Six Cheap and Easy Ways to Donate to Charity


Cheap, Easy Ways to Give Back

It's that time of year when doing good is en vogue. Salvation Army bell-ringers greet shoppers. Volunteers line up to serve food to the less fortunate. And local fire stations make calls for donations.

While it seems corporations may make the biggest donations, it's everyday Americans who keep charities afloat. Last year, charitable giving totaled $290.89 billion, with three-quarters of that coming from individuals, says Jim Yunker, the vice chair of the Giving USA Foundation. That marked the first increase in two years after the Great Recession devastated household wealth.

So far this year, charitable giving has stagnated as many Americans face falling incomes, higher poverty rates, and unemployment or underemployment. For many, making a big donation just doesn't pencil out this year; but as the saying goes, good things can come in small packages.

"You don't have to be the Bill Gates of the world to be a philanthropist," says Yunker. "It doesn't matter if it's just a few dollars or pennies."

Here are some quick ways to give back on a budget.

Say 'Yes' at The Store

You have probably encountered this request before: As the checkout lady rings up your purchases at the drugstore, she asks if you want to donate $1 to a charity ranging from cancer research to feeding hungry children. Next time you're asked, say yes.

"These charitable donations help to provide much-needed health care services and to heighten awareness," says Walgreens spokesman Jim Cohn.

While you're wandering the aisles in the store, toss a can or two of soup or beans in your cart. Many supermarkets help organizations host canned food drives at various times during the year by placing a bin at the entrance. After checking out, drop the cans in the bin as you leave. Coupons can make these food donations go even further.

And let's not forget when you are waiting in line perusing that National Enquirer. While you are waiting and eyeing that Snickers bar, check to see if there's a donation jar by the register. Local charities or neighborhood fundraisers often place donation jars there. By tossing in some spare change, you're helping a cause that has fewer resources and a limited marketing reach. Of course, you can always opt for a bigger charity like the Ronald McDonald House, which has donation containers at McDonald's registers, a perfect place to dump the change from your Big Mac combo meal.

Take a Swipe for Charity

Use your plastic for the power of good. One way to start is by signing up for a credit card or debit card that gives back.

Find out if your bank offers a cause credit or debit card, such as Bank of America's BankAmericard Cash Rewards Visa card that benefits Susan G. Komen for the Cure. The bank donates a percentage of each purchase to the cause. It also has debit cards that support the World Wildlife Fund and the Make-a-Wish Foundation, according to its website.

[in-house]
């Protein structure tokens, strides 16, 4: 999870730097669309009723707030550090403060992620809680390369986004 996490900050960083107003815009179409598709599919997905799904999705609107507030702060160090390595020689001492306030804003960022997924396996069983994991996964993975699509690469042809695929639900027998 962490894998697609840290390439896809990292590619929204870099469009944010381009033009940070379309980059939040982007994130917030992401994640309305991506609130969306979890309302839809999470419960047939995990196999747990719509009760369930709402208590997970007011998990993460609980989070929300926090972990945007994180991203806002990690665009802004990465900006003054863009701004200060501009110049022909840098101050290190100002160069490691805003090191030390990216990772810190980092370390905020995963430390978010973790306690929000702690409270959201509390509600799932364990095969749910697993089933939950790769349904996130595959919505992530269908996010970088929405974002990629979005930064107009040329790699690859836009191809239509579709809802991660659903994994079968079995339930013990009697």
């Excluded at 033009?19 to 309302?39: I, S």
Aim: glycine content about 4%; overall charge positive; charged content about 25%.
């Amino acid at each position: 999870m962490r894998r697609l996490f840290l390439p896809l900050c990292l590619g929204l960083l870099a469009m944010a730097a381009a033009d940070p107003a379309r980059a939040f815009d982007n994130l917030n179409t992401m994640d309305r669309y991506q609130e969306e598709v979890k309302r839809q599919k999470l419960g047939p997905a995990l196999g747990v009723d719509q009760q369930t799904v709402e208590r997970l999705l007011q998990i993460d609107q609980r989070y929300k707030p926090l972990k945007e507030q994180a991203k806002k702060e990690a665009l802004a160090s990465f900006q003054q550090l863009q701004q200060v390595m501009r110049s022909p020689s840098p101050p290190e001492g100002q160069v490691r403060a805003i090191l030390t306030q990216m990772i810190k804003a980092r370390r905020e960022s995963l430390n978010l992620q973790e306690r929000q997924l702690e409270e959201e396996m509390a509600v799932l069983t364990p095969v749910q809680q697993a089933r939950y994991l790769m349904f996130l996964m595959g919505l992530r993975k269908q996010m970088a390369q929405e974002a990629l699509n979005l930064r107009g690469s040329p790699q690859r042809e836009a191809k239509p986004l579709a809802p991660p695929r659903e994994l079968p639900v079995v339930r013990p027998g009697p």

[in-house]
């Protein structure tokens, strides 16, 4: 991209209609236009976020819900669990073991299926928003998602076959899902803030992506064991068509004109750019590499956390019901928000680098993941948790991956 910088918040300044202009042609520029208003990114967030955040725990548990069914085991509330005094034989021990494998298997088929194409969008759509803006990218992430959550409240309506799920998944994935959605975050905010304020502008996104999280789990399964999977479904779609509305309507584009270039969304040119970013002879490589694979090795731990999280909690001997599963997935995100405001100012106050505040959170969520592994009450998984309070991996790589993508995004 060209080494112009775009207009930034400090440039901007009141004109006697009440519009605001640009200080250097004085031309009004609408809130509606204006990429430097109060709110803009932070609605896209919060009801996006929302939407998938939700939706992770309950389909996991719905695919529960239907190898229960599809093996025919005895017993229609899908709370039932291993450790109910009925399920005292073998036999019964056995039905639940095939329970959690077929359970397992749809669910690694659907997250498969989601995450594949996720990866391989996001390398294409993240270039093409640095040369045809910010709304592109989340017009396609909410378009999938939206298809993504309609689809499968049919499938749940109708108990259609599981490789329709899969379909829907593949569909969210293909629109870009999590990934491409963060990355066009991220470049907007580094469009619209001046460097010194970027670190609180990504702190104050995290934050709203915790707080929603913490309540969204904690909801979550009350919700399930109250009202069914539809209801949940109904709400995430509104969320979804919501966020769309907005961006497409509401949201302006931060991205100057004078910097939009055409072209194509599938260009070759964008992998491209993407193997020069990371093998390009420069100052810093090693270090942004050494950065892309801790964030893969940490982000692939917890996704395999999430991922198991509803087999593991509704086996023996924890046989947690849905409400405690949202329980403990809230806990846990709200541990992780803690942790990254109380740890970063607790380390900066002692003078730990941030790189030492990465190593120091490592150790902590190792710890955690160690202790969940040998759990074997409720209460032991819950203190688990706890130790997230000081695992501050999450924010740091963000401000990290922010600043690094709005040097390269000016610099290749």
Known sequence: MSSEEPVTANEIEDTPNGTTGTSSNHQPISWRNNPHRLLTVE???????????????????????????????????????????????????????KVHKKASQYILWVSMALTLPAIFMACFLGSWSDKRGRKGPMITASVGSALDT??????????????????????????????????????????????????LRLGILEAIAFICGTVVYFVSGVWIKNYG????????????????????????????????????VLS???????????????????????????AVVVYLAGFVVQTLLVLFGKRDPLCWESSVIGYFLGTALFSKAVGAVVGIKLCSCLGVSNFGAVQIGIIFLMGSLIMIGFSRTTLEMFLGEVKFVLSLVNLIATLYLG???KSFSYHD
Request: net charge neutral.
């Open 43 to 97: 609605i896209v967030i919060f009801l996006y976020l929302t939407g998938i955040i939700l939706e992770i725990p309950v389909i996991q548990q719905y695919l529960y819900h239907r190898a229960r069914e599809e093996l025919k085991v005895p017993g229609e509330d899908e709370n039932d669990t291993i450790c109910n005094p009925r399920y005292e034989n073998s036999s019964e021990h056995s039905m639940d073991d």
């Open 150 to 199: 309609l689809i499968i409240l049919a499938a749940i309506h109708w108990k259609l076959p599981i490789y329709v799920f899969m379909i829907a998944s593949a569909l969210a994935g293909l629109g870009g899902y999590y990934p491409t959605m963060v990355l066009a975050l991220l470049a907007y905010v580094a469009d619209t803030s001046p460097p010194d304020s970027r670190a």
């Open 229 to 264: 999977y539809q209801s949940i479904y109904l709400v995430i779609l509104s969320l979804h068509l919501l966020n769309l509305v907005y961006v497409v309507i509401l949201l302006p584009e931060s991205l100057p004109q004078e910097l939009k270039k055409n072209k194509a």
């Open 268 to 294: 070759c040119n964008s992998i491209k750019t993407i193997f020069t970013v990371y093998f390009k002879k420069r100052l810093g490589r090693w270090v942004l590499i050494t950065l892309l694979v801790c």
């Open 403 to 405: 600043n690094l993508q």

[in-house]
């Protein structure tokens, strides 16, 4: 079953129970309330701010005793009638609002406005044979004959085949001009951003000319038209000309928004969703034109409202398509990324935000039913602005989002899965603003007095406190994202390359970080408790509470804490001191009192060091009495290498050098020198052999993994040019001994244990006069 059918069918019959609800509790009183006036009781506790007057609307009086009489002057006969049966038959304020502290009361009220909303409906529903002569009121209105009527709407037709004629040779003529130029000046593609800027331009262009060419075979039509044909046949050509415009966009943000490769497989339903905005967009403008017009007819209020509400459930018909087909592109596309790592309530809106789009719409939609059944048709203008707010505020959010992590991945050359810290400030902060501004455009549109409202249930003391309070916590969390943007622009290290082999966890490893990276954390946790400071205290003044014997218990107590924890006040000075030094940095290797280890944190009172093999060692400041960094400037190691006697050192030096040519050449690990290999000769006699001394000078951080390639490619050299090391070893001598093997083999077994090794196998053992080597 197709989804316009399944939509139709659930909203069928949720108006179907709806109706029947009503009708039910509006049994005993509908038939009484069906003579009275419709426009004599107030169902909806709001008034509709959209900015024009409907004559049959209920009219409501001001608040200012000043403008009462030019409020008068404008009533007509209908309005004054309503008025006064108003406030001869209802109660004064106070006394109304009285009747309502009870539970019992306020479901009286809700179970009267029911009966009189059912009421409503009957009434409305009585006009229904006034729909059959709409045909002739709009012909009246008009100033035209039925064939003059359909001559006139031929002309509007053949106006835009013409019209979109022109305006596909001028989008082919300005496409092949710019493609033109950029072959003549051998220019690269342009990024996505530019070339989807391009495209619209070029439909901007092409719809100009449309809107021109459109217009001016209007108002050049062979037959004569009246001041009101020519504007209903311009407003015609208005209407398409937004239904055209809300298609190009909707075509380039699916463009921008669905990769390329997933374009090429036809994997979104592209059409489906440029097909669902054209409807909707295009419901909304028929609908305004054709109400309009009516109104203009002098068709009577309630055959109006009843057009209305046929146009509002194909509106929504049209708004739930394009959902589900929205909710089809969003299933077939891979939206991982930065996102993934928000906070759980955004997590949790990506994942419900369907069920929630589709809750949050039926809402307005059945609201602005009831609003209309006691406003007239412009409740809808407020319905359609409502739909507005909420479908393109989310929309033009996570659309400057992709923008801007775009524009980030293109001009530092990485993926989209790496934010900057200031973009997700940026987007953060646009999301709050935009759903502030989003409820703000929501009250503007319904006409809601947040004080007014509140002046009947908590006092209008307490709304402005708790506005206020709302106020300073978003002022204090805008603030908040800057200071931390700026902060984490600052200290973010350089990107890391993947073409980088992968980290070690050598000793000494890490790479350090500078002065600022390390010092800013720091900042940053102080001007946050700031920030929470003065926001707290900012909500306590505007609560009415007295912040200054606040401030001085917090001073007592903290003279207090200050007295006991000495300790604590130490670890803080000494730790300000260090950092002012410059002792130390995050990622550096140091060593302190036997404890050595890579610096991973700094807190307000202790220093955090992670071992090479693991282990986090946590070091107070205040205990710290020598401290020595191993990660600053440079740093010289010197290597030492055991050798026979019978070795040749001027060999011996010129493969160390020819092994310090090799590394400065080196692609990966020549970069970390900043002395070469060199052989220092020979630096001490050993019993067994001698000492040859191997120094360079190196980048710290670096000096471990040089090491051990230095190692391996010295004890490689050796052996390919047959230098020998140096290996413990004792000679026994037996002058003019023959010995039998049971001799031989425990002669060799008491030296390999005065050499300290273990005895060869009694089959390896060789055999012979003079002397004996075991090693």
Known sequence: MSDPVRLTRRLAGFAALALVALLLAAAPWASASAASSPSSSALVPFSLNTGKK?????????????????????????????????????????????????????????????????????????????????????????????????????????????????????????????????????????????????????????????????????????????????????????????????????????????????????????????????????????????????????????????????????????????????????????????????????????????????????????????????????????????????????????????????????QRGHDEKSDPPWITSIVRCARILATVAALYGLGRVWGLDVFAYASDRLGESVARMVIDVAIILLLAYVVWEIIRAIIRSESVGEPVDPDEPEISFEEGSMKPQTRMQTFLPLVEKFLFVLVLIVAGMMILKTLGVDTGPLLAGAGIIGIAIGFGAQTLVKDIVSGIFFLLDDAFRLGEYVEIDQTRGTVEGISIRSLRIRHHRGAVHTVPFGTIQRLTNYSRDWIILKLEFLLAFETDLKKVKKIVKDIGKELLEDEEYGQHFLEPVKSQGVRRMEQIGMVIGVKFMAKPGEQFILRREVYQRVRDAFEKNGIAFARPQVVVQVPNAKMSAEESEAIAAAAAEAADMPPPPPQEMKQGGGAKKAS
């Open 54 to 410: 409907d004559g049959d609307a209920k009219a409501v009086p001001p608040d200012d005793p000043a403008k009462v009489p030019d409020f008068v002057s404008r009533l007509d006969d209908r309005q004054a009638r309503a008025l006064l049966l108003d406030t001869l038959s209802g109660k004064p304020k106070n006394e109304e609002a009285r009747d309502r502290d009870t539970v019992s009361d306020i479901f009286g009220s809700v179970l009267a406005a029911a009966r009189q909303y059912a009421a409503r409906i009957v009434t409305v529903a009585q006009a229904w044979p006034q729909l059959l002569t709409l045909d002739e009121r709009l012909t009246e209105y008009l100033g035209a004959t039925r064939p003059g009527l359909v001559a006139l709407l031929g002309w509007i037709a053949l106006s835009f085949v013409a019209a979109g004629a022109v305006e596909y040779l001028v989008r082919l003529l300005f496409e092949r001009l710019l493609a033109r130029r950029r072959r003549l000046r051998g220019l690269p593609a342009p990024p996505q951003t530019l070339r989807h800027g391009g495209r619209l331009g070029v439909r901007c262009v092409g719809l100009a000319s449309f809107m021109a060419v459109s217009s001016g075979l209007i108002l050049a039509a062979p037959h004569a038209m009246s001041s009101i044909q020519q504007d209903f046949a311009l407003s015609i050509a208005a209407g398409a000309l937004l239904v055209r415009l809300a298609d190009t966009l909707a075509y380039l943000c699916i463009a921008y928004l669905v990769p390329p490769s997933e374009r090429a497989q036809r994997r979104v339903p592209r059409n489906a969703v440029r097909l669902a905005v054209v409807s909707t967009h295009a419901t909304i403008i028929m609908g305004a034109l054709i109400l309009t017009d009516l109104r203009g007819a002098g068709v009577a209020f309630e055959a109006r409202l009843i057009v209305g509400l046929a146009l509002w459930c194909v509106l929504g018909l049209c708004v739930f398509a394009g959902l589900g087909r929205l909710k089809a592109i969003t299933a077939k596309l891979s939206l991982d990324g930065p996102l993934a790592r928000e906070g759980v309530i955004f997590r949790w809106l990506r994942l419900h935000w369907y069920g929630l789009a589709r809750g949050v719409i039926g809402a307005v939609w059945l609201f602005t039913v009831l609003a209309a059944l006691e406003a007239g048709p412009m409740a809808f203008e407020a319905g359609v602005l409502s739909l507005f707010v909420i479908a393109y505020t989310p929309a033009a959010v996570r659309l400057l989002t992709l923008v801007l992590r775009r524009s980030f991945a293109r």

There are also some rewards credit cards that have a feature allowing a cardholder to donate a portion or all of your rewards or points to a favorite charity. Call your issuer to find out what your options are.

Lastly, sign up for SwipeGood, a program that rounds up your credit or debit card purchases to the nearest dollar and donates the difference to charity. You pick the charity out of hundreds of participating nonprofits. To ensure you won't go over budget, you can set monthly donation limits. The only drawback is the company takes a small cut to cover operational costs and other fees, but the majority goes straight to your charity.

Make a Change With Change

That jingling you hear is not reindeer, but all the change in your pockets. Before it ends up between the sofa cushions, pull out an old piggy bank or pickle jar and collect it for a week, month or a whole year, says Yunker. Get the family involved. At the end of the specified time, exchange the change for bills and donate to the charity of your choice. (Call your local bank to see if they exchange coins without a fee, or visit a Coinstar machine to make a donation to one of the charities it sponsors.)

If you don't feel like lugging change around, pull out the $2 you would spend every day on a coffee from Starbucks, Yunker says, and take that to a charity at the end of a month.

And what about that $2.36 left on a gift card you'll probably never use? Donate it to charity, recommends Sandra Miniutti, chief financial officer of online nonprofit evaluator Charity Navigator. Call up your cause of choice and ask if they take gift cards. For example, an underfunded school might benefit from a Best Buy or Staples gift card, while a homeless shelter may be helped by a supermarket or clothing store card.

If the gift card has more than $25 remaining, you can sell it to, a gift card exchange. Its website allows you to donate up to 90% of your gift card value to one of 90 charities.